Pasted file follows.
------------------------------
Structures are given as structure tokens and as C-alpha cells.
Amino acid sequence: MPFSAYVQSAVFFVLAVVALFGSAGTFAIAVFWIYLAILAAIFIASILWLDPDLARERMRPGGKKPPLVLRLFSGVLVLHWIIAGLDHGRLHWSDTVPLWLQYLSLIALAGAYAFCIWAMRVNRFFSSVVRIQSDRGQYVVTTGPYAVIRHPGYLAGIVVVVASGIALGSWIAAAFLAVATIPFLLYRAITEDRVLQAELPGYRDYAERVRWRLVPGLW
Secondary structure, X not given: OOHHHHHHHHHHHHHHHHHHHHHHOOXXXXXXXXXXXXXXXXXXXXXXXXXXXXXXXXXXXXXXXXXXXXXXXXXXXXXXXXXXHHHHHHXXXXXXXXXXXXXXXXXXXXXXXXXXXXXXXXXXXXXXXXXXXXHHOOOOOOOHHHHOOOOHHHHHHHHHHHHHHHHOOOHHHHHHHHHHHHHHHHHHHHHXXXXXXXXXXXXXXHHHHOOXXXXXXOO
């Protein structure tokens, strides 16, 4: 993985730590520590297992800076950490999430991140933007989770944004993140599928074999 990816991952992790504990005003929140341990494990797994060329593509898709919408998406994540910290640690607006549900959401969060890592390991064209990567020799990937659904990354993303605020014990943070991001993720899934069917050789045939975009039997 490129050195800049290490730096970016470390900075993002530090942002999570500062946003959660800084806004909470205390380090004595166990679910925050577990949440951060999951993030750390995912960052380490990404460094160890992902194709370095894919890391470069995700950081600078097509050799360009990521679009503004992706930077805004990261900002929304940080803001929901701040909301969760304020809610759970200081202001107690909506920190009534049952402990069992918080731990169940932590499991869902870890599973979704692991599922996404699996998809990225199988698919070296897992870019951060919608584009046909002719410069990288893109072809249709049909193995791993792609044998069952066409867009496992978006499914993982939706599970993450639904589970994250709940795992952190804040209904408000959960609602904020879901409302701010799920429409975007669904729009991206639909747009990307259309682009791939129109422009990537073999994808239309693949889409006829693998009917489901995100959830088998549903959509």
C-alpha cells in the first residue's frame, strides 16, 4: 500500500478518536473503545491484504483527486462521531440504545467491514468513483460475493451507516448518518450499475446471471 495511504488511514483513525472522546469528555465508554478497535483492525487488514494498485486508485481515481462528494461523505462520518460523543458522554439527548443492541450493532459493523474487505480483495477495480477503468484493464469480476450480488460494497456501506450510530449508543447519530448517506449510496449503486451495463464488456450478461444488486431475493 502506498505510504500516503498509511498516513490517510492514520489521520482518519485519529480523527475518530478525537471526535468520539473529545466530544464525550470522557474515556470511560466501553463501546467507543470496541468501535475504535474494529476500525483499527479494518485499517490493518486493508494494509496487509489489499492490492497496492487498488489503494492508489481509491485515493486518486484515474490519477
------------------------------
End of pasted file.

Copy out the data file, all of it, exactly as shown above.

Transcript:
Structures are given as structure tokens and as C-alpha cells.
Amino acid sequence: MPFSAYVQSAVFFVLAVVALFGSAGTFAIAVFWIYLAILAAIFIASILWLDPDLARERMRPGGKKPPLVLRLFSGVLVLHWIIAGLDHGRLHWSDTVPLWLQYLSLIALAGAYAFCIWAMRVNRFFSSVVRIQSDRGQYVVTTGPYAVIRHPGYLAGIVVVVASGIALGSWIAAAFLAVATIPFLLYRAITEDRVLQAELPGYRDYAERVRWRLVPGLW
Secondary structure, X not given: OOHHHHHHHHHHHHHHHHHHHHHHOOXXXXXXXXXXXXXXXXXXXXXXXXXXXXXXXXXXXXXXXXXXXXXXXXXXXXXXXXXXHHHHHHXXXXXXXXXXXXXXXXXXXXXXXXXXXXXXXXXXXXXXXXXXXXHHOOOOOOOHHHHOOOOHHHHHHHHHHHHHHHHOOOHHHHHHHHHHHHHHHHHHHHHXXXXXXXXXXXXXXHHHHOOXXXXXXOO
């Protein structure tokens, strides 16, 4: 993985730590520590297992800076950490999430991140933007989770944004993140599928074999 990816991952992790504990005003929140341990494990797994060329593509898709919408998406994540910290640690607006549900959401969060890592390991064209990567020799990937659904990354993303605020014990943070991001993720899934069917050789045939975009039997 490129050195800049290490730096970016470390900075993002530090942002999570500062946003959660800084806004909470205390380090004595166990679910925050577990949440951060999951993030750390995912960052380490990404460094160890992902194709370095894919890391470069995700950081600078097509050799360009990521679009503004992706930077805004990261900002929304940080803001929901701040909301969760304020809610759970200081202001107690909506920190009534049952402990069992918080731990169940932590499991869902870890599973979704692991599922996404699996998809990225199988698919070296897992870019951060919608584009046909002719410069990288893109072809249709049909193995791993792609044998069952066409867009496992978006499914993982939706599970993450639904589970994250709940795992952190804040209904408000959960609602904020879901409302701010799920429409975007669904729009991206639909747009990307259309682009791939129109422009990537073999994808239309693949889409006829693998009917489901995100959830088998549903959509």
C-alpha cells in the first residue's frame, strides 16, 4: 500500500478518536473503545491484504483527486462521531440504545467491514468513483460475493451507516448518518450499475446471471 495511504488511514483513525472522546469528555465508554478497535483492525487488514494498485486508485481515481462528494461523505462520518460523543458522554439527548443492541450493532459493523474487505480483495477495480477503468484493464469480476450480488460494497456501506450510530449508543447519530448517506449510496449503486451495463464488456450478461444488486431475493 502506498505510504500516503498509511498516513490517510492514520489521520482518519485519529480523527475518530478525537471526535468520539473529545466530544464525550470522557474515556470511560466501553463501546467507543470496541468501535475504535474494529476500525483499527479494518485499517490493518486493508494494509496487509489489499492490492497496492487498488489503494492508489481509491485515493486518486484515474490519477